On January 13, Tigerair was given a temporary reprieve to bring its stranded passengers in Bali back to Australia until January 16.

However, Indonesian authorities maintained their ban on Tigerair resuming flights from Australia to Bali, meaning the airline has been flying empty aircraft to Bali in order to bring passengers home.

Virgin Australia, which owns 100 per cent of Tigerair, has been called in to operate relief flights for the purposes of bringing stranded passengers back to Australia.

“I am also pleased to confirm that Virgin Australia is currently positioning an aircraft and crew in Bali. This will ensure that we can bring customers home from Tuesday onwards, if we have not already commenced normal operations by then,” Sharp said.

“Thus far, we have brought home over 3,000 passengers. We have and will continue to support Australians still in Bali with accommodation costs and we have been giving full refunds to those who have been unable to fly to Bali.

“I sincerely apologise to all our customers who have been affected by this issue, especially as it has taken place during school holidays. Our team is working around the clock to rectify it as soon as possible.”

Tigerair began flights to Bali in March 2016, taking over the Adelaide, Melbourne and Perth to Bali routes from parent Virgin.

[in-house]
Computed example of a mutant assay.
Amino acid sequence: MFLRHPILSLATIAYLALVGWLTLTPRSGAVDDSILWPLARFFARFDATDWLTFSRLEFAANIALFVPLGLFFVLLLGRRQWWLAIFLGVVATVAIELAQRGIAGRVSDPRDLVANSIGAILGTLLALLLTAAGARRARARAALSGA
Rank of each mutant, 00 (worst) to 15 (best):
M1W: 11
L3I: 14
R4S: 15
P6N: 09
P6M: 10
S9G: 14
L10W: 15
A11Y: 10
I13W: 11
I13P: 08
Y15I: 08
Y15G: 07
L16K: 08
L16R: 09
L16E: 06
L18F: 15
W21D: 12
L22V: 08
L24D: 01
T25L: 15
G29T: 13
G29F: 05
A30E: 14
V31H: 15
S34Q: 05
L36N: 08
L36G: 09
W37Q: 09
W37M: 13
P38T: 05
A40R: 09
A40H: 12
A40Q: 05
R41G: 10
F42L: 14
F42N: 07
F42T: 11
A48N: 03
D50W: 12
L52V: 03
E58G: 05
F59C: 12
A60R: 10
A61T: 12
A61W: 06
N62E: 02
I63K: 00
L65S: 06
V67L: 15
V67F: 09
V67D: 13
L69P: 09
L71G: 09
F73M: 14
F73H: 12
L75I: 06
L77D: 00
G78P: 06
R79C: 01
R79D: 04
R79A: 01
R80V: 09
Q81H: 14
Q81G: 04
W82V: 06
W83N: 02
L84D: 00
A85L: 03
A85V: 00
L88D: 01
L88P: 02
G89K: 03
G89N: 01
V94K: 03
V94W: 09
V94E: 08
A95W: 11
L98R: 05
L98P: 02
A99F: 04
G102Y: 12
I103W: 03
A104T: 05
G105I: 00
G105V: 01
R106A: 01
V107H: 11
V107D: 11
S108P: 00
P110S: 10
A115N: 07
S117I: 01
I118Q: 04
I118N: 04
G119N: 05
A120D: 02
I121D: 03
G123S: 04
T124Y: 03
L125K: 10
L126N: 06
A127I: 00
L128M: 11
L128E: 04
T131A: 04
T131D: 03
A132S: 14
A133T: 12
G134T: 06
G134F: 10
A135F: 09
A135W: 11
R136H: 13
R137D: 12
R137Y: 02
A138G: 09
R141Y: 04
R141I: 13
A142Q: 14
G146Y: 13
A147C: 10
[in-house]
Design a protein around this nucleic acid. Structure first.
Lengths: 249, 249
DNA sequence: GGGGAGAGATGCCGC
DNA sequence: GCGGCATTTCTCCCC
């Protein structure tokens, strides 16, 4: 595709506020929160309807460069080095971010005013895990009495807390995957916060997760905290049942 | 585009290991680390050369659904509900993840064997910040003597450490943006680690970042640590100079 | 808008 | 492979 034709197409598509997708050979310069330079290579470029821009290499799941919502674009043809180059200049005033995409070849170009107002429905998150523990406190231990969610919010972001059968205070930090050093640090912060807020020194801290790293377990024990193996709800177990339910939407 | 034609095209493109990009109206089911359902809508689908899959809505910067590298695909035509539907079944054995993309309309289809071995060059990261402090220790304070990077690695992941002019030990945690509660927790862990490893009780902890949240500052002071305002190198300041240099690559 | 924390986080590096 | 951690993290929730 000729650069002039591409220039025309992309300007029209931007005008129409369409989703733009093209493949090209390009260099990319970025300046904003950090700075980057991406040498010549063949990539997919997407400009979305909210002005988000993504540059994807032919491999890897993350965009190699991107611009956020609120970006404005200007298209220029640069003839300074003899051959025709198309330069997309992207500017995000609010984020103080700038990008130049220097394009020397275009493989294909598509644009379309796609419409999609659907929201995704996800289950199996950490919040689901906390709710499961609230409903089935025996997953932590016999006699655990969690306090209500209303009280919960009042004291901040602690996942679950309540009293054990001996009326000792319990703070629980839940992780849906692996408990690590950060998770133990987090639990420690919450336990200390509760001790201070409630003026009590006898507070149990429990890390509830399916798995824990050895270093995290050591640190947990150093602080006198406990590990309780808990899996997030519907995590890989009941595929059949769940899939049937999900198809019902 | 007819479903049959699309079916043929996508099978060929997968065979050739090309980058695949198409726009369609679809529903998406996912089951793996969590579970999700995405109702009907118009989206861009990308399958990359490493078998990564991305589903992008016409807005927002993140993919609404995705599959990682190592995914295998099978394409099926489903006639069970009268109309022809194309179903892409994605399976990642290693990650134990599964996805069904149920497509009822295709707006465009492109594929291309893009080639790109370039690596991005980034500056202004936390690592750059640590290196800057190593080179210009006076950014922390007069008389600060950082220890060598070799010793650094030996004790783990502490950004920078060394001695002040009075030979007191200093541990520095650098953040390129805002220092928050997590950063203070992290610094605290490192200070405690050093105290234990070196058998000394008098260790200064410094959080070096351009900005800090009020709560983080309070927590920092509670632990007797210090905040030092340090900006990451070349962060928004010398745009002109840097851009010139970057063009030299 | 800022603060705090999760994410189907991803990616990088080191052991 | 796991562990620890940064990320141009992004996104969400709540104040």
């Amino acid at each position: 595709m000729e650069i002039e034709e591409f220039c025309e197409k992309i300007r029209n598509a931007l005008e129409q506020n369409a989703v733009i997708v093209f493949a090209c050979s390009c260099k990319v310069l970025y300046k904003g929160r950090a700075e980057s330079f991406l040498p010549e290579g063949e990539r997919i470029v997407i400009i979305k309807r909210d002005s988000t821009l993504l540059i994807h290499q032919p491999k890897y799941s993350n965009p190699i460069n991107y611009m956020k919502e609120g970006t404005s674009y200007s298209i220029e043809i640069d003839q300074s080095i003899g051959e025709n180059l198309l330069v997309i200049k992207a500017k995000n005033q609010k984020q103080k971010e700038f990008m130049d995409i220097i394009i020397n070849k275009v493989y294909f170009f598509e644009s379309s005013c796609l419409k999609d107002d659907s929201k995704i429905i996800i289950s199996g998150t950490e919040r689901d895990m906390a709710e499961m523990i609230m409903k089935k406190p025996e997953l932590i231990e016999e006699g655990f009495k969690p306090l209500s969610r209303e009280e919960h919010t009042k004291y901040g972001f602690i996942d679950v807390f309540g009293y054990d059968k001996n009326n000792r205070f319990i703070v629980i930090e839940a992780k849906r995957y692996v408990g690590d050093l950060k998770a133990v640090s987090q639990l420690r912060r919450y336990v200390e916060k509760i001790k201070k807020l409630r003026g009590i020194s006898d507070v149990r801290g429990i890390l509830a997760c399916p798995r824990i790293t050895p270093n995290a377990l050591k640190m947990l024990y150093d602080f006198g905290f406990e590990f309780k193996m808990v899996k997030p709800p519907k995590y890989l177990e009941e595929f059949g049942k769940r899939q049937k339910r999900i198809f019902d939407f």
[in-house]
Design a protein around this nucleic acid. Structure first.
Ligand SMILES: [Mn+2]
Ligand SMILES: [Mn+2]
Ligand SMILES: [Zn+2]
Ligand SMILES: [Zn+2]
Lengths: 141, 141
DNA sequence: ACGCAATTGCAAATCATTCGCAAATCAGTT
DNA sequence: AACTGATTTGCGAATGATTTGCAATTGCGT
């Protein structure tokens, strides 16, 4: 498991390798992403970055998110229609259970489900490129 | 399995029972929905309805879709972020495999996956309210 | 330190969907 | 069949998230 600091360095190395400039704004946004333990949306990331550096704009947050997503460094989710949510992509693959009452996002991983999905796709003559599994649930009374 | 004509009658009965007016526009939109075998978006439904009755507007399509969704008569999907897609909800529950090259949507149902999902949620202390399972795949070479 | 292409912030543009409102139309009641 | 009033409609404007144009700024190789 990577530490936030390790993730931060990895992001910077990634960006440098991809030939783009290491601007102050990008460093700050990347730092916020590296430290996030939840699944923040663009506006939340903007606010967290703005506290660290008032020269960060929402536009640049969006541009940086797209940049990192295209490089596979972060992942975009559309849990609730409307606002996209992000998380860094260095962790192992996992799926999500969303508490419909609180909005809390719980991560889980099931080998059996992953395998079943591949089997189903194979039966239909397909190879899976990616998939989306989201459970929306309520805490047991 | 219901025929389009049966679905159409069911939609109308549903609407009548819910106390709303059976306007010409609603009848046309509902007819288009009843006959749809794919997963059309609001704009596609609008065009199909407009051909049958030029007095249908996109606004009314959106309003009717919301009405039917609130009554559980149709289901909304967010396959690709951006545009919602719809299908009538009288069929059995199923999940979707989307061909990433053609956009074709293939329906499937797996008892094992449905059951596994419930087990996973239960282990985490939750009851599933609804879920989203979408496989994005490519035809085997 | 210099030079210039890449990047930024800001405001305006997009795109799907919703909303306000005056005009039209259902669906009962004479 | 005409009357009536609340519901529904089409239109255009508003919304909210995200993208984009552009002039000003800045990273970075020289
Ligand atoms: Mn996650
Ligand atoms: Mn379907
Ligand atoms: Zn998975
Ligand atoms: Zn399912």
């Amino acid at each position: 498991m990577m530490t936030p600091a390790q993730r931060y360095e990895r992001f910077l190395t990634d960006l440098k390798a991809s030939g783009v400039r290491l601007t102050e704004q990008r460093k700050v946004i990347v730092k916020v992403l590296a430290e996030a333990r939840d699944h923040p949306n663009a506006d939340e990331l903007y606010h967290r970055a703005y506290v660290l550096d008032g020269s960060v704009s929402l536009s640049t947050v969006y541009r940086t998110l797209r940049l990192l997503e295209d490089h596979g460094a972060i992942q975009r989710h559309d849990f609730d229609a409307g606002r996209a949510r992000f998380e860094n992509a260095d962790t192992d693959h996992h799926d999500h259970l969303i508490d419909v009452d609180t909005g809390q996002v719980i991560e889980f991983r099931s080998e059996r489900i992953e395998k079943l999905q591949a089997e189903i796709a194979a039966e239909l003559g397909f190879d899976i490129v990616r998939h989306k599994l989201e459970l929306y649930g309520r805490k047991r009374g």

The low-cost carrier is using three Virgin Boeing 737-800s that have been repainted in Tigerair livery to operate its first international services. The aircraft, which remain on Virgin’s air operator’s certificate (AOC) and are flown by Virgin pilots alongside Tigerair cabin crew, feature 180 seats in an all-economy configuration with five extra-legroom rows available for purchase as an optional extra.

Tigerair was currently in the midst of applying to Australia’s Civil Aviation Safety Authority (CASA) for two changes to its AOC. The first was for the addition of the 737 onto its AOC as it transitions from Airbus A320s to 737-800s, with pilot training for the 737 already underway.

The second is to secure approval to operate international flights under its own AOC, rather than the current arrangement for its services to Bali.

Comments

  1. says

    It isn’t surprising when CASA refused to grant Tiger an International AOC in December nor allowed the attachment of a 4th 737 from the Virgin fleet.